How smartphones are replacing the walk-in diner
20 June, 2012
The smartphone is now an extension of your restaurant window, say David Miller and Magnus Hultberg
We are spending more time than ever with our heads down, enthralled by the pretty pictures on a 5cm by 7cm screen. But how is this behaviour changing the way diners interact with restaurants? Simply put, diners are losing their voices.
Would you make the effort to leave the warmth of a cosy pub you are in with a group of friends to see if there is a table free in a nearby restaurant, when you can swipe, point and pinch your way to the answer on your smartphone or tablet while sipping your drink? We wouldn’t. And according to current trends seen in consumer behaviour, trends that we at Livebookings are uniquely positioned to analyse in real time across the whole of UK, a lot of people already tend to agree.
No longer is the smartphone just a way to check in, to like, to tweet, pin or instagram pictures of the food in restaurants. Smartphones are increasingly being used before arriving at the restaurant to browse the menu, read reviews, search for nearby bars for a pre-drink and book the restaurant online.
This is not new or groundbreaking and the trend has been growing for quite a while. What is becoming apparent is that the time between searching for a restaurant, booking it, and dining, is shrinking. Are restaurants properly accommodating the mobile diner of today, particularly the last-minute booker?
One well-known restaurant chain gets 50% of its online bookings for later the same day. Restaurants increasingly need to ensure that their free tables are available to be booked throughout service, in real time, in order to capture those last-minute diners using their phones to find a place to eat. Shutting online reservations off just before a shift starts means turning customers away to your competition.
In this sense the smartphone is an extension of your restaurant window. Perhaps it is even fair to say that last-minute mobile reservations are the new walk-in. Already, 15% of all online bookings generated by Livebookings are from mobile devices and this is forecast to grow to 25% by the end of this year.
When a diner down the road is looking to book a restaurant nearby will they see your restaurant open and ready for business or do your website and online profile show you as closed or full? The diner of today expects the online profile of a restaurant to be “live” and a reflection of what is available now.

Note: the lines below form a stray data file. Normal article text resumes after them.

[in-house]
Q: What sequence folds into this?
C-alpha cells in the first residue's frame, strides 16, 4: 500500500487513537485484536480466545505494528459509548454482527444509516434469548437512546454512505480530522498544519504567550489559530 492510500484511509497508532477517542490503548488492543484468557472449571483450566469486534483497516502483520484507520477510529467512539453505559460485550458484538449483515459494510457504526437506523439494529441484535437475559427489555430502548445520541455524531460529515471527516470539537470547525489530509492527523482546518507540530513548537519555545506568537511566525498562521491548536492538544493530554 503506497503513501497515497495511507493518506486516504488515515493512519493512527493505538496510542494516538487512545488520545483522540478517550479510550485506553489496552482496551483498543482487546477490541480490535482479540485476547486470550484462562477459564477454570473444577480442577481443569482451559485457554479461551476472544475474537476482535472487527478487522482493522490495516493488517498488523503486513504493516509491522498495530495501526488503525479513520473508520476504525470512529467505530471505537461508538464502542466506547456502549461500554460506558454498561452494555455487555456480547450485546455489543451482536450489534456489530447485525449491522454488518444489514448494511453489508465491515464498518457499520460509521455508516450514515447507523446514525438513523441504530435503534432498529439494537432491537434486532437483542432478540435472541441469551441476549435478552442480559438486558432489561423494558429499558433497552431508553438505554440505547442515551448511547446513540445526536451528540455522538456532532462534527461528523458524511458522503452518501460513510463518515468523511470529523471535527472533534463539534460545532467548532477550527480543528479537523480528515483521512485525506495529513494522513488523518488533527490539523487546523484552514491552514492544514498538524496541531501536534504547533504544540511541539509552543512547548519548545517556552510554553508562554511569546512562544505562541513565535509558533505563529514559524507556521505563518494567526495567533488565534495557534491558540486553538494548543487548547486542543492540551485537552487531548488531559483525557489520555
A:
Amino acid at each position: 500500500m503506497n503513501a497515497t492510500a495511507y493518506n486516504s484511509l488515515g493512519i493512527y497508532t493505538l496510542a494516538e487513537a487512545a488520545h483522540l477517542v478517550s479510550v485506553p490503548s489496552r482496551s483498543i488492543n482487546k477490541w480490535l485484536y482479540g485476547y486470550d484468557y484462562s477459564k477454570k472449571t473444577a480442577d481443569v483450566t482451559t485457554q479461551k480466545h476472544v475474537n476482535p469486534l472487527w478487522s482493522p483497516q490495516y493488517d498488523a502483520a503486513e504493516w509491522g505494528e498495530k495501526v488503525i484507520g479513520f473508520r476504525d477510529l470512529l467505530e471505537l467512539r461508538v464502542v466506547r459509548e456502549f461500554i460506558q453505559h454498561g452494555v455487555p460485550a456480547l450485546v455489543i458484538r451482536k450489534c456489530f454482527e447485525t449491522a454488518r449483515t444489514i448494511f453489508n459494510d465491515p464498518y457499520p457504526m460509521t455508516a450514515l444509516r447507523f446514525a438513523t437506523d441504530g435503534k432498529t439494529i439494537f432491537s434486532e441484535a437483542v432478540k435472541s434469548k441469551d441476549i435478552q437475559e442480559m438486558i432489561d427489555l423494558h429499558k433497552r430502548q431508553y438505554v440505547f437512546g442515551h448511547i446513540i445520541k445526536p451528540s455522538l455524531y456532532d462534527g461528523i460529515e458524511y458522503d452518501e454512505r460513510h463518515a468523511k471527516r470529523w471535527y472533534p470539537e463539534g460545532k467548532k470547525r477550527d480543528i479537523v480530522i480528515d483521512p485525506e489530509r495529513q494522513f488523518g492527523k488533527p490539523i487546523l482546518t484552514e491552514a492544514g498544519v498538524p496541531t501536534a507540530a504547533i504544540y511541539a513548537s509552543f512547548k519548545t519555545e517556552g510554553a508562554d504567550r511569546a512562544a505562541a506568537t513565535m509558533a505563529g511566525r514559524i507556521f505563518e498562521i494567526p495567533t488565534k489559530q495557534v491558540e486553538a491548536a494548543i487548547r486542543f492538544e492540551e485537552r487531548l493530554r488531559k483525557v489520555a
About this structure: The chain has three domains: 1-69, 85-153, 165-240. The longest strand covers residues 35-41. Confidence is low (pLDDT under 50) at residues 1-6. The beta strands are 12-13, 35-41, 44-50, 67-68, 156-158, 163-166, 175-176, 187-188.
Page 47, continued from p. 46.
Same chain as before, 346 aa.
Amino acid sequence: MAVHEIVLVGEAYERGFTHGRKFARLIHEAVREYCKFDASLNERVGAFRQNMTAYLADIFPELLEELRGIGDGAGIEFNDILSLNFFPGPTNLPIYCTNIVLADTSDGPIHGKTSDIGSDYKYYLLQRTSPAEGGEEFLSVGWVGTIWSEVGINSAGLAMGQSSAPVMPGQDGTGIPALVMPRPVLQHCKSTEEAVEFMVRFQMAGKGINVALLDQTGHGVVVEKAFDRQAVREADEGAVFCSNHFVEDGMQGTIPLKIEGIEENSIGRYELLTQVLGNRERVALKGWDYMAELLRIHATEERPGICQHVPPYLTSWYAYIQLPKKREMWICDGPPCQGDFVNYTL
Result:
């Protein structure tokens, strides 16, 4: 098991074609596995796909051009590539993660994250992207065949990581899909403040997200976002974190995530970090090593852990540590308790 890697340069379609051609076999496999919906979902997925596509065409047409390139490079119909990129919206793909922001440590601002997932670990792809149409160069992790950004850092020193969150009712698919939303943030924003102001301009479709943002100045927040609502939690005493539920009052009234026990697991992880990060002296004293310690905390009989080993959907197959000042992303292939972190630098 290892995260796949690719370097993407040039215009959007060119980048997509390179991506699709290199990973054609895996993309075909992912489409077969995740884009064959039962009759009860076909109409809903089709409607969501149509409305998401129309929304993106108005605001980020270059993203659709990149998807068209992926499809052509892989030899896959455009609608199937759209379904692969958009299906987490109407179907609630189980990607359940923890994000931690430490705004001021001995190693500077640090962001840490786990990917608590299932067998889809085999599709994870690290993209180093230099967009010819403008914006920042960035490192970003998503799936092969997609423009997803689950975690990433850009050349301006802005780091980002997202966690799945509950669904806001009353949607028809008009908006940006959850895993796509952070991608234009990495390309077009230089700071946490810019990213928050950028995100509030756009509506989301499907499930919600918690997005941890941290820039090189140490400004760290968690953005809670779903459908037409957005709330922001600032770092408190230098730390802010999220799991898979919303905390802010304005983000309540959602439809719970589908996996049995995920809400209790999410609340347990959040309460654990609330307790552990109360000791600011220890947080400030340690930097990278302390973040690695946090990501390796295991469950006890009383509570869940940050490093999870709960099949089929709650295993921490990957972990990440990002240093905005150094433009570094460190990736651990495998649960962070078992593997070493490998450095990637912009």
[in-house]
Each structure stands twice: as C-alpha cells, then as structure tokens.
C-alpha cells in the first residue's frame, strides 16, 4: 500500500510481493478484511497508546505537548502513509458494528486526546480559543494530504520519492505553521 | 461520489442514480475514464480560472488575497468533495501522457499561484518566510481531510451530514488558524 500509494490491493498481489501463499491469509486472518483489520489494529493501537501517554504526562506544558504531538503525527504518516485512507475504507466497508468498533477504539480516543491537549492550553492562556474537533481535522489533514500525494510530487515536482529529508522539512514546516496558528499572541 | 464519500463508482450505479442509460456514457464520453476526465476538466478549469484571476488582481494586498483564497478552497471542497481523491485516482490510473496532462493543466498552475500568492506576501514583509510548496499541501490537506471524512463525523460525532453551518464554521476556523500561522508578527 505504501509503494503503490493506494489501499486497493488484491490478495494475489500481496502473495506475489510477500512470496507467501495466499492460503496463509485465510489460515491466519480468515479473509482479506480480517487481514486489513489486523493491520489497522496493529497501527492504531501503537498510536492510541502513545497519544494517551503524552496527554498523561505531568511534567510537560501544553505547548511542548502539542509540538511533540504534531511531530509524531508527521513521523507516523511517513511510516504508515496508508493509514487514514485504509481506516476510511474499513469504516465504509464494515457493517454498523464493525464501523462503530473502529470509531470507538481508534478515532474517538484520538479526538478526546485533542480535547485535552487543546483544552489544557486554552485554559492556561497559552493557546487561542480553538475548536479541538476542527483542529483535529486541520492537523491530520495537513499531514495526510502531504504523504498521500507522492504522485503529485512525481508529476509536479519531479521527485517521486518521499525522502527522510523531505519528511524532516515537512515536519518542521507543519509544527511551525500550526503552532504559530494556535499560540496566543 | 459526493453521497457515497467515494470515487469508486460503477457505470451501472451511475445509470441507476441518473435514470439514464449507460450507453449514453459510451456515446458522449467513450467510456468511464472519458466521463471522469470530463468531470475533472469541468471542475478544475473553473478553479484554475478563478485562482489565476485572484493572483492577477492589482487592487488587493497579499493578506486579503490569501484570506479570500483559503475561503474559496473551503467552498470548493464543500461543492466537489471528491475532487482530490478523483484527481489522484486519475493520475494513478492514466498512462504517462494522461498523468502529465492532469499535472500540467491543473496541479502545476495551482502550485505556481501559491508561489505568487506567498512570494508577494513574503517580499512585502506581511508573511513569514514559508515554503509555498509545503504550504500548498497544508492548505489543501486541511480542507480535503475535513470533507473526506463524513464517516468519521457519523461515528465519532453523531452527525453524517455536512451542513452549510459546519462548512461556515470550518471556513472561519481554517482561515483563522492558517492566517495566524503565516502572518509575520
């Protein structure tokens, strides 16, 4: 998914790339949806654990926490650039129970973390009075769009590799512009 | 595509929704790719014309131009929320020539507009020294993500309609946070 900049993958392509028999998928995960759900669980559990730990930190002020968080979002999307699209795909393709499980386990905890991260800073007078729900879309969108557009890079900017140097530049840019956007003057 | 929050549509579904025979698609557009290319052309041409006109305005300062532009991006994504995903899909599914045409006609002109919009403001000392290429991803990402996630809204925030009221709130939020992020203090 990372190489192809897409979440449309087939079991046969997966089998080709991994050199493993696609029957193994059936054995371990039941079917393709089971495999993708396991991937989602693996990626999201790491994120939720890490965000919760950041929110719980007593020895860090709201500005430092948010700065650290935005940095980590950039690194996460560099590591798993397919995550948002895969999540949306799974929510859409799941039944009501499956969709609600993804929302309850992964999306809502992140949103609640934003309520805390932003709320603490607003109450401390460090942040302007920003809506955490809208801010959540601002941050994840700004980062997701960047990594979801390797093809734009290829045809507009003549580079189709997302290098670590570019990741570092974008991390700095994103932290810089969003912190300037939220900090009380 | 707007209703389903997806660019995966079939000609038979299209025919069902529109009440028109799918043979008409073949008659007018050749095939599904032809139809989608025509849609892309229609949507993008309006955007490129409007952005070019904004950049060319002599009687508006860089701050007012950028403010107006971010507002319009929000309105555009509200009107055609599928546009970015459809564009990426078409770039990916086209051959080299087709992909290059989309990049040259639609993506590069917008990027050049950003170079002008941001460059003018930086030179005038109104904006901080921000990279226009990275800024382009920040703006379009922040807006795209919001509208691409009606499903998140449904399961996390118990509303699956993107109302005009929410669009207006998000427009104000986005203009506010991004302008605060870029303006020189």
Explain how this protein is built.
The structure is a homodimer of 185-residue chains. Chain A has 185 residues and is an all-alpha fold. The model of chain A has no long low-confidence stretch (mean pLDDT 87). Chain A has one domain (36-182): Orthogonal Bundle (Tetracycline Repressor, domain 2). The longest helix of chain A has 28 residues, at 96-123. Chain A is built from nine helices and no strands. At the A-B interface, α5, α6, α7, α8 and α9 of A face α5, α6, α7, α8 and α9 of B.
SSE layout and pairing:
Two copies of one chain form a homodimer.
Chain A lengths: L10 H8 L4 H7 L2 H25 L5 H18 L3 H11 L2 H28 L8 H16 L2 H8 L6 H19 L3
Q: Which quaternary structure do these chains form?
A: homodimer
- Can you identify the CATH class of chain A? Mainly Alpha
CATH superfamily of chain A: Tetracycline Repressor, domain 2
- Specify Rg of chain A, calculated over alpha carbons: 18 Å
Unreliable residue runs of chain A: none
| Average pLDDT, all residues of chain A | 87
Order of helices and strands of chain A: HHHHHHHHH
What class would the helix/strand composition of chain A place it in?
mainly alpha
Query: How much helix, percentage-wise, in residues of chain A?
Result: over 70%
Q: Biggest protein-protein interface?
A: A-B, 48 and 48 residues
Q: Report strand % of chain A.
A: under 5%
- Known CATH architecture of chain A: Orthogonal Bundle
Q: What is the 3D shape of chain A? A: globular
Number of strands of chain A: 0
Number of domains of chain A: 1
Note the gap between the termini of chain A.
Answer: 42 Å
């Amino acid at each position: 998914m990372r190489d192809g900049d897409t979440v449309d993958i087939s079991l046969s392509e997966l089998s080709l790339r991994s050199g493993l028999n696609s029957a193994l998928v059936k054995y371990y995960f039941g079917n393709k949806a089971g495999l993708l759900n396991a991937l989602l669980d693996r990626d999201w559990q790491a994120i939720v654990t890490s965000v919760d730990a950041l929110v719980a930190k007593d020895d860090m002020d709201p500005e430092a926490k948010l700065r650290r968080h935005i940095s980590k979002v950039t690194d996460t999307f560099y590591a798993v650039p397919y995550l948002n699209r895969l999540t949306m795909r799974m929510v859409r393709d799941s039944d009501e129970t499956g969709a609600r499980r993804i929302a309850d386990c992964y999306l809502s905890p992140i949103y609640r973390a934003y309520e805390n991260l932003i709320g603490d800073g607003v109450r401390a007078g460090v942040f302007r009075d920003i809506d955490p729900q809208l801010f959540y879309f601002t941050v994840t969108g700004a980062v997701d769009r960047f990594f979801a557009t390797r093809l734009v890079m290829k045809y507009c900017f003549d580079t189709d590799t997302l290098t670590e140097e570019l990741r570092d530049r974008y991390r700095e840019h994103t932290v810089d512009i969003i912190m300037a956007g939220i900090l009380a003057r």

Livebookings’ figures show that the majority of bookings via a desktop browser are between 10am and 1pm; in the case of bookings made on a mobile browser (which see a significant increase over the weekend) this time switches to 6pm to 9pm, as people are on the move looking for places to dine there and then.
These different booking patterns cut across demographics, and it is essential that restaurants capture and manage this data effectively for future marketing strategies. Why send a last-minute email offer to bolster a quiet dinner session to those that book via a desktop and have a history of booking a week in advance when you can drop a text to a mobile booker with a history of booking last-minute!
Booking data reveals a lot about individual customers, especially for multi-site operators. Different booking patterns for weekdays and weekends, only ever booking for a la carte and never any offers, only ever booking pre-theatre menus, frequent reservations at that child friendly place on the South Bank... using this data to tailor your marketing communication can significantly increase success in bringing customers back for a repeat visit, while keeping the marketing sufficiently relevant for your customers to feel that you know what they want.
Through online reservations, there is a great opportunity to create a feedback loop between your operations and your marketing, allowing you to capitalise on the fact that the walk-in diners of today are spontaneous, last minute and their tool of choice is the smartphone.
Facts and figures
* Restaurant searches online are up 17% YoY (Google, March 2012)
* Over a quarter of adults and nearly half of all teens now own a smartphone in the UK; of these 37 per cent of adults and 60 per cent of teens are “highly addicted’” to them (Ofcom, August 2011)
* Germany has experienced the greatest mobile boom in Europe, with online mobile reservations up almost fourfold compared with late 2010 (Livebookings, November 2011)
* During the next 5 years m-commerce will enjoy growth of 55%, the fastest of any retail channel (Barclays Corporate, October 2011)
* By 2013 more people will use mobile phones than PCs to get online (Google GoMo November 2011)
* For online-only retailers, a mobile site can almost double consumer engagement (Kissmetrics, October 2011)
Visit www.ourmobileplanet.com to get a true understanding of the use of smartphones around the world.
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